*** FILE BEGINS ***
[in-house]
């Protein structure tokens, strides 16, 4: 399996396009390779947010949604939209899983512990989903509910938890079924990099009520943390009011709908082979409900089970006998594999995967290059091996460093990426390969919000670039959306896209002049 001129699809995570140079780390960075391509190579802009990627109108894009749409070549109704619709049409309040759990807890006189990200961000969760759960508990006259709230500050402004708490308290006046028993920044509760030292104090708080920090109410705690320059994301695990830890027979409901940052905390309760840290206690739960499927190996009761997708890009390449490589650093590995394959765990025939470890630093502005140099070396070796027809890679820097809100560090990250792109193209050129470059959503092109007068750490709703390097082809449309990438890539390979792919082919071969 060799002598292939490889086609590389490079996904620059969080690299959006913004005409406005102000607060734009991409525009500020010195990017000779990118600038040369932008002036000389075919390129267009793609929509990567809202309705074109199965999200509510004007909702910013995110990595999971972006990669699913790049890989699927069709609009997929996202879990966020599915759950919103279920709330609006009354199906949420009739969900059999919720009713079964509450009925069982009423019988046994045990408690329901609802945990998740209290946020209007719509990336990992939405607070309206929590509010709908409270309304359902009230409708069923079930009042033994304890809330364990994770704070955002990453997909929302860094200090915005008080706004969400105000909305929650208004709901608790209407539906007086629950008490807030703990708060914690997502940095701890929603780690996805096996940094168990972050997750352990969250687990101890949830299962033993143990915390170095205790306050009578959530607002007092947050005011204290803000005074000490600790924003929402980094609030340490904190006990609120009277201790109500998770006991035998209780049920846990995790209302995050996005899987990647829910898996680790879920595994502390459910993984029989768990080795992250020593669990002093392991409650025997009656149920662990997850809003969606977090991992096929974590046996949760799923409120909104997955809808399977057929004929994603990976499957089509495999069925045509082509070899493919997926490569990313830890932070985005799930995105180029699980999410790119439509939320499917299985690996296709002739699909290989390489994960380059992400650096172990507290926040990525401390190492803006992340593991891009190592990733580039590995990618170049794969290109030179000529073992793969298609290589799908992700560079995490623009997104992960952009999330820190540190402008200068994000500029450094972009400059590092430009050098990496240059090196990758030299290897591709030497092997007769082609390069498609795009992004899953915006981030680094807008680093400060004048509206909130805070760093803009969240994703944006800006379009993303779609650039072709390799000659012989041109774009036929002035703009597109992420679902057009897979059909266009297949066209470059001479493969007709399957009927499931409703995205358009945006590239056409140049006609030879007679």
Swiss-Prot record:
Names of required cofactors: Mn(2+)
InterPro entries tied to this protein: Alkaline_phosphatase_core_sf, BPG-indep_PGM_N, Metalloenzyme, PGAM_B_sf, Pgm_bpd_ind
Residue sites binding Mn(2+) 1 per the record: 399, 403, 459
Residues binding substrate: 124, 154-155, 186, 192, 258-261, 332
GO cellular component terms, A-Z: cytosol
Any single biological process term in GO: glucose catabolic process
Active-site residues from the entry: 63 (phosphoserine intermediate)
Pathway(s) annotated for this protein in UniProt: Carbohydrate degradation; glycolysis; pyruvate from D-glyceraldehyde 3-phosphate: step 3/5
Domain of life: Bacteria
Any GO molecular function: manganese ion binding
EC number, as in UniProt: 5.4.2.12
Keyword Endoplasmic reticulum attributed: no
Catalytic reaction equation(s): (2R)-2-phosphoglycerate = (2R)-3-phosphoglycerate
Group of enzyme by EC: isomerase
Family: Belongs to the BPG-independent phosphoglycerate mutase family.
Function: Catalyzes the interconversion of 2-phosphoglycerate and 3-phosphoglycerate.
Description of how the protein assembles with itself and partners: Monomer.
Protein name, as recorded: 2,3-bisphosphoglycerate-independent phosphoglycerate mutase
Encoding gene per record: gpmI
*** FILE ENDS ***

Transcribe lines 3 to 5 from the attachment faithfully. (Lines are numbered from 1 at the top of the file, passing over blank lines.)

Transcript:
Swiss-Prot record:
Names of required cofactors: Mn(2+)
InterPro entries tied to this protein: Alkaline_phosphatase_core_sf, BPG-indep_PGM_N, Metalloenzyme, PGAM_B_sf, Pgm_bpd_ind